"Immediately after the Civil War, the United States abrogated its reciprocity treaty with Canada, following which Canadian economic nationalists sought to pay their southern neighbor back "in their own coin" - that is, through tariff retaliation. By 1879, Canadian Conservatives consolidated around their National Policy of protectionism. Some American companies - Singer Manufacturing, American Tobacco, Westinghouse and International Harvester - decided to move their production to Canada rather than pay the high import taxes. By the late 1880s, 65 U.S. manufacturing plants had relocated to Canada. In this case, far from halting outsourcing, protectionism caused it. Trade tensions reached a breaking point in 1890. Republicans, controlling the executive and the legislative branches, passed the highly protectionist McKinley Tariff. Tariff retaliation was, according to Sir Alexander Galt - the first Canadian high commissioner in London - "the only argument applicable in the present case." Canadian agricultural exports fell by half from 1889 to 1892. And when the Republicans passed the even more protectionist Dingley Tariff in 1897, Canada decided that the best response was a double dose of tariff retaliation and closer trade ties with the British Empire rather than the United States."

This isn't really a war at all. The U.S, which was (despite what the author above says) already protectionist even before the Civil War, decided to raise its tariffs, and naturally one of our trading partners followed suit. So what? This is exactly what one would expect, and given that protectionism is a valid economic strategy and was almost certainly appropriate for nations at America's and Canada's level of development at the time, it was beneficial to both nations. Canada would not be a First World country today if it had just bought American manufactured goods and allowed it to be turned into a giant breakbasket and iron mine for American consumers.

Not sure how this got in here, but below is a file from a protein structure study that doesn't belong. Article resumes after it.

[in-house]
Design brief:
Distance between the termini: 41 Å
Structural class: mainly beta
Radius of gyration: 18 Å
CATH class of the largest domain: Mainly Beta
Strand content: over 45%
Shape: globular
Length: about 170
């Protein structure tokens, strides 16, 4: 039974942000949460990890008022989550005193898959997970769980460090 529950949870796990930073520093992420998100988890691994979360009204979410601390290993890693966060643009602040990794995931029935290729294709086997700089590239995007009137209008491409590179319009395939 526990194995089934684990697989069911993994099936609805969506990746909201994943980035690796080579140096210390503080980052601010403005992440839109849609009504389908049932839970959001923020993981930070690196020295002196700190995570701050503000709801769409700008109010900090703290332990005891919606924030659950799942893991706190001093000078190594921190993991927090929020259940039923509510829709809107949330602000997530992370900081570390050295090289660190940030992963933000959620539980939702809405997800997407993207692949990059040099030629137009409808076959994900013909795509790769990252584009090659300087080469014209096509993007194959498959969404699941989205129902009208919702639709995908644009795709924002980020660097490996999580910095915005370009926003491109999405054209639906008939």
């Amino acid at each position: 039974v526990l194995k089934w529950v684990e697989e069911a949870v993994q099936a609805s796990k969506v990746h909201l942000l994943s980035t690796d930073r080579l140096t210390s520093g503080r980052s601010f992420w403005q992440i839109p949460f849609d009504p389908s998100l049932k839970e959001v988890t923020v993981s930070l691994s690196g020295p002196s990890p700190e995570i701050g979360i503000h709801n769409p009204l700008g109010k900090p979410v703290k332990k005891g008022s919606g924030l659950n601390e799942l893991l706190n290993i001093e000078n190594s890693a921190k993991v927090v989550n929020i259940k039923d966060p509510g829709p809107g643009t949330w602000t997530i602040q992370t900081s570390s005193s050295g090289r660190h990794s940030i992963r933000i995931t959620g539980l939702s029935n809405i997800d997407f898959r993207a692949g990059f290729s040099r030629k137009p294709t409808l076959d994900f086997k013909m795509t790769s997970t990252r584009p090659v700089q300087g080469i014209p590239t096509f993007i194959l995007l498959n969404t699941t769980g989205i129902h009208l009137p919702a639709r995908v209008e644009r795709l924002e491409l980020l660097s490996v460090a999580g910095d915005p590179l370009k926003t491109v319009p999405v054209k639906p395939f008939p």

Next example:

"Soon after Italy's unification, the young nation turned to infant industrial protectionism, whereupon it terminated its trade agreement with France in 1886. It raised tariffs as high as 60 percent to protect its industries from French competition. Italy's turn to protectionism made the French intractable. They refused to negotiate and instead threatened the Italians with punitive tariffs if Italy did not lower its own. Tariff retaliation followed tariff retaliation. In France, this resulted in the passage of the highly protectionist Méline Tariff of 1892, which famously signaled the death knell of the country's flirtation with free trade."

Not to bore the reader with the details of French economic history, but interpreting the well-known Meline tariff as principally an act of retaliation against Italy is highly contentious, to say the least. It is far more plausible that this tariff was instead understandable imitation of post-1871 Germany's visible success with tariff-based industrialization. The peak of free trade as an idea in Europe, along with the rest of economic liberalism (in the old sense of the word), was around the middle of the 19th century, but it decayed thereafter as nations pursued the classic infant-industry strategy that endures to this day in places like China.

So in sum, supposed "trade war" tariffs were not acts of war (whatever understandable jingo rhetoric may have been used in domestic politics at the time) so much as rational acts of economic policy that would have made sense regardless.